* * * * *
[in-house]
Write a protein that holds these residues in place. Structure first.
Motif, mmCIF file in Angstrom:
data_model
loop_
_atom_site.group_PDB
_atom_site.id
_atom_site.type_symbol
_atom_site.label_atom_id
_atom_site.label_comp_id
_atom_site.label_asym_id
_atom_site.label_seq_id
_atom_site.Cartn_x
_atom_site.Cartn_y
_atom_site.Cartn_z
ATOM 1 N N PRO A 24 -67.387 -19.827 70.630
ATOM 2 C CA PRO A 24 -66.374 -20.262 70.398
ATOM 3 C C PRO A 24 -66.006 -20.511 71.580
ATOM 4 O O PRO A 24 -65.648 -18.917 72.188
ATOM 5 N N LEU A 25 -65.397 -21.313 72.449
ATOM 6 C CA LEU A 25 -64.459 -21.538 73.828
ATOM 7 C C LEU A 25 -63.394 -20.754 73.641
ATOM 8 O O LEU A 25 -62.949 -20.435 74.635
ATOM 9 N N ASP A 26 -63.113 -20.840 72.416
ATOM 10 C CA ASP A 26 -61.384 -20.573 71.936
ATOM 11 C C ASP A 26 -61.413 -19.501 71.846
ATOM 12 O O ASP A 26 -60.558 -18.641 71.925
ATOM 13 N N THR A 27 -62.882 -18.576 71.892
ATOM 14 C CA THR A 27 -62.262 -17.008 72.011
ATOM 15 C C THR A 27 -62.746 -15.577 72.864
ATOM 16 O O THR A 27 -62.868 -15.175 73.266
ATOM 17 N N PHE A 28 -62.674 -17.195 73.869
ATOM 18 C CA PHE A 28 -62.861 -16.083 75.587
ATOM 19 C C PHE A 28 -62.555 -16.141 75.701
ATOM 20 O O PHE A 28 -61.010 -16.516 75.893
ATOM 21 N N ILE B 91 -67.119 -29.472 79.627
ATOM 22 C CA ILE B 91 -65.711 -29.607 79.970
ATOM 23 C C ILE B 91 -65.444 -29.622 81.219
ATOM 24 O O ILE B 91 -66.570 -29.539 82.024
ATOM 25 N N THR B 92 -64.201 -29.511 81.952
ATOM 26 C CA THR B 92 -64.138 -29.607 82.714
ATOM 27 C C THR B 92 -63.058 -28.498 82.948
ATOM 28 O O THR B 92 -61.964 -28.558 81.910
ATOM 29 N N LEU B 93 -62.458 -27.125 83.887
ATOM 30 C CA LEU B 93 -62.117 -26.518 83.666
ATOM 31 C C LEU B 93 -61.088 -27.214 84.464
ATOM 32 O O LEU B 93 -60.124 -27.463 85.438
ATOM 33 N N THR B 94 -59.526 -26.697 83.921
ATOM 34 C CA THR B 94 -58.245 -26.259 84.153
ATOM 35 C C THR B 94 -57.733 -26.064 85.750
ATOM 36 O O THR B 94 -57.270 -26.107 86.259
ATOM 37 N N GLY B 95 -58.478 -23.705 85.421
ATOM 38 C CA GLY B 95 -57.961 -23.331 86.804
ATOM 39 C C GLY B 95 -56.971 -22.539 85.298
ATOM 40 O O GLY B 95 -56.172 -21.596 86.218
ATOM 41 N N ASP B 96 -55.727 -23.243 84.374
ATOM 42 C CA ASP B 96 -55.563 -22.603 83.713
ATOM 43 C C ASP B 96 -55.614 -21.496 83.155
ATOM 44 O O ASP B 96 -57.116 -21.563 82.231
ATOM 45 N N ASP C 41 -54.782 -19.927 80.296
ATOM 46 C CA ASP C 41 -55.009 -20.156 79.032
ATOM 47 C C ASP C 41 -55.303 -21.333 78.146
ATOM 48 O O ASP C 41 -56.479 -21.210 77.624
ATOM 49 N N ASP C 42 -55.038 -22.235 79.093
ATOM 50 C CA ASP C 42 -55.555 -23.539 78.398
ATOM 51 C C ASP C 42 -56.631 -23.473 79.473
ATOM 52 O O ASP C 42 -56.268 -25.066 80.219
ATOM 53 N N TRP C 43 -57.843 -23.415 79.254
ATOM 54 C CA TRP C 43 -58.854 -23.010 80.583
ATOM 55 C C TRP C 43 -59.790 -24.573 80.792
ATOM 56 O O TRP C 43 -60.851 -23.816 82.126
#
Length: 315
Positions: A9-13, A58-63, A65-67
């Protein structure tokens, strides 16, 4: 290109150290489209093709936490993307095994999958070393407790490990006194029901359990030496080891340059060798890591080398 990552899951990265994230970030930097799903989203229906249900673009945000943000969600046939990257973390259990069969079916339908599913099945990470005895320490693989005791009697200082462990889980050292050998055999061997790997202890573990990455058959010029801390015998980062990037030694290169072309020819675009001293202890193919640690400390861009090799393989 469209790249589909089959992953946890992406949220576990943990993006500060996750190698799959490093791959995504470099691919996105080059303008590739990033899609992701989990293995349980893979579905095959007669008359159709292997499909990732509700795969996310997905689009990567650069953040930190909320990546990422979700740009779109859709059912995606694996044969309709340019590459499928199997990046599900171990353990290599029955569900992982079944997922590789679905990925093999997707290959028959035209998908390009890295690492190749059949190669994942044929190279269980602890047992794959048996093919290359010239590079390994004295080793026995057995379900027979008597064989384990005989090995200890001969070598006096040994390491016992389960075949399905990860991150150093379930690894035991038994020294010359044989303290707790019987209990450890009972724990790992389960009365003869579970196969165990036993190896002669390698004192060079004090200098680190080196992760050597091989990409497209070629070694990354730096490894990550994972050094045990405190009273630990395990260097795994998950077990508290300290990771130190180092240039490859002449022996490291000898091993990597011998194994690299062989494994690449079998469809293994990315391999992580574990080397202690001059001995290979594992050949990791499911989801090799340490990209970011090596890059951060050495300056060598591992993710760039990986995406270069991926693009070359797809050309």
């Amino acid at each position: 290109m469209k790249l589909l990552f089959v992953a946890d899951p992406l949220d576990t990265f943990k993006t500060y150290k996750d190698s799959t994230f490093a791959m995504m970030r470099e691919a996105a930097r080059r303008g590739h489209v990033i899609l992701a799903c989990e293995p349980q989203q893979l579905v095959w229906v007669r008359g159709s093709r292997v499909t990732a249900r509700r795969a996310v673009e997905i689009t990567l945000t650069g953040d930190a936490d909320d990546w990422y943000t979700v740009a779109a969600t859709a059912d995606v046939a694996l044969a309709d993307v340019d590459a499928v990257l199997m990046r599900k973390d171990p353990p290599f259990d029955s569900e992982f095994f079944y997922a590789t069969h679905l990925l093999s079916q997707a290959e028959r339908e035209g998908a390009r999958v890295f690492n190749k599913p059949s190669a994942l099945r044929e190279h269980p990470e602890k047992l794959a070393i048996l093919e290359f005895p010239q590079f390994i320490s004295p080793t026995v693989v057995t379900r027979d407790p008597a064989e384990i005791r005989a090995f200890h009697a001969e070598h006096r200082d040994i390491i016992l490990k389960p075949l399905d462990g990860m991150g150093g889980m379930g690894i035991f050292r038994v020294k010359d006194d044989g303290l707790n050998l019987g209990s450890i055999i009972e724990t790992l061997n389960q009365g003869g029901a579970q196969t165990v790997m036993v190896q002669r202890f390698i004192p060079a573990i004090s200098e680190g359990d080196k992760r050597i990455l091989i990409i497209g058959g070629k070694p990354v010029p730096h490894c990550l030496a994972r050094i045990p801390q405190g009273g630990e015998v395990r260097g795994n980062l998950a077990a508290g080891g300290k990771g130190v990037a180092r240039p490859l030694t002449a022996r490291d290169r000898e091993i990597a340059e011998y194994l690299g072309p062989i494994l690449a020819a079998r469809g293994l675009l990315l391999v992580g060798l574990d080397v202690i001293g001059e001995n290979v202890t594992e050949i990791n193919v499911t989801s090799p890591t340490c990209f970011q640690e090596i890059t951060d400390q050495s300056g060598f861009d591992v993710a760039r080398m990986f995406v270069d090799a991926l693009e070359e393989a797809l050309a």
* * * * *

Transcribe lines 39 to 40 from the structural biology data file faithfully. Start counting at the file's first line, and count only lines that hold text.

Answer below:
ATOM 24 O O ILE B 91 -66.570 -29.539 82.024
ATOM 25 N N THR B 92 -64.201 -29.511 81.952